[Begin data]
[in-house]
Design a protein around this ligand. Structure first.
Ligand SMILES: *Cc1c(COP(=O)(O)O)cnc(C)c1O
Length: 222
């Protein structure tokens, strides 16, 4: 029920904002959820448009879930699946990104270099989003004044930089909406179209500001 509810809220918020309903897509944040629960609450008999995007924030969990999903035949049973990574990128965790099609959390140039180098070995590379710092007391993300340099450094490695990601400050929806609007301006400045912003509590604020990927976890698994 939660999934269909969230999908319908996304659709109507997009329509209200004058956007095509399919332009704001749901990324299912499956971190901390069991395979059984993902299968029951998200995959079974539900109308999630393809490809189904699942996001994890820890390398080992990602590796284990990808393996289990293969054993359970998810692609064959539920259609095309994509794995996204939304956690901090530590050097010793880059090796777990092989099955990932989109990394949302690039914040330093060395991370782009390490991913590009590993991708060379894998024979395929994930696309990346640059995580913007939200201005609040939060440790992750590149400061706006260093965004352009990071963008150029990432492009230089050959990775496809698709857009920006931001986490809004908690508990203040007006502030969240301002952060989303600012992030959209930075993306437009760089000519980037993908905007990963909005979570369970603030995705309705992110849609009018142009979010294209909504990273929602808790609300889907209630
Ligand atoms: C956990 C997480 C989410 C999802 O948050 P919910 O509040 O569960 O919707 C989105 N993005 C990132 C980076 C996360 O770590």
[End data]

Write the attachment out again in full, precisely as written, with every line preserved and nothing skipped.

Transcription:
[in-house]
Design a protein around this ligand. Structure first.
Ligand SMILES: *Cc1c(COP(=O)(O)O)cnc(C)c1O
Length: 222
């Protein structure tokens, strides 16, 4: 029920904002959820448009879930699946990104270099989003004044930089909406179209500001 509810809220918020309903897509944040629960609450008999995007924030969990999903035949049973990574990128965790099609959390140039180098070995590379710092007391993300340099450094490695990601400050929806609007301006400045912003509590604020990927976890698994 939660999934269909969230999908319908996304659709109507997009329509209200004058956007095509399919332009704001749901990324299912499956971190901390069991395979059984993902299968029951998200995959079974539900109308999630393809490809189904699942996001994890820890390398080992990602590796284990990808393996289990293969054993359970998810692609064959539920259609095309994509794995996204939304956690901090530590050097010793880059090796777990092989099955990932989109990394949302690039914040330093060395991370782009390490991913590009590993991708060379894998024979395929994930696309990346640059995580913007939200201005609040939060440790992750590149400061706006260093965004352009990071963008150029990432492009230089050959990775496809698709857009920006931001986490809004908690508990203040007006502030969240301002952060989303600012992030959209930075993306437009760089000519980037993908905007990963909005979570369970603030995705309705992110849609009018142009979010294209909504990273929602808790609300889907209630
Ligand atoms: C956990 C997480 C989410 C999802 O948050 P919910 O509040 O569960 O919707 C989105 N993005 C990132 C980076 C996360 O770590």